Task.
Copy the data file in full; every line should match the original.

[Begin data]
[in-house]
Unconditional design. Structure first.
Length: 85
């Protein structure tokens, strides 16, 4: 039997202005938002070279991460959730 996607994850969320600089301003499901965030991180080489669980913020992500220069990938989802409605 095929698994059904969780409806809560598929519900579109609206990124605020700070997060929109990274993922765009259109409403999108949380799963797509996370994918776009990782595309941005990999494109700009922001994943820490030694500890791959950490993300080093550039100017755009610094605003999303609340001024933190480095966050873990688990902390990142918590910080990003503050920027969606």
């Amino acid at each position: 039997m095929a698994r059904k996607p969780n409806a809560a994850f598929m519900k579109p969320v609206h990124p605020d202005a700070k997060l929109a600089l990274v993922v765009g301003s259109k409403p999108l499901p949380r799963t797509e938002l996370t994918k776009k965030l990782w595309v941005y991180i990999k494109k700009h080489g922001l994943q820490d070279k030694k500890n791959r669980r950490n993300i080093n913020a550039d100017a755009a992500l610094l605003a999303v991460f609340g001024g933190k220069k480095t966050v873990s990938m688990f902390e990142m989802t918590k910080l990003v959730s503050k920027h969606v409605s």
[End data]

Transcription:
[in-house]
Unconditional design. Structure first.
Length: 85
């Protein structure tokens, strides 16, 4: 039997202005938002070279991460959730 996607994850969320600089301003499901965030991180080489669980913020992500220069990938989802409605 095929698994059904969780409806809560598929519900579109609206990124605020700070997060929109990274993922765009259109409403999108949380799963797509996370994918776009990782595309941005990999494109700009922001994943820490030694500890791959950490993300080093550039100017755009610094605003999303609340001024933190480095966050873990688990902390990142918590910080990003503050920027969606």
């Amino acid at each position: 039997m095929a698994r059904k996607p969780n409806a809560a994850f598929m519900k579109p969320v609206h990124p605020d202005a700070k997060l929109a600089l990274v993922v765009g301003s259109k409403p999108l499901p949380r799963t797509e938002l996370t994918k776009k965030l990782w595309v941005y991180i990999k494109k700009h080489g922001l994943q820490d070279k030694k500890n791959r669980r950490n993300i080093n913020a550039d100017a755009a992500l610094l605003a999303v991460f609340g001024g933190k220069k480095t966050v873990s990938m688990f902390e990142m989802t918590k910080l990003v959730s503050k920027h969606v409605s």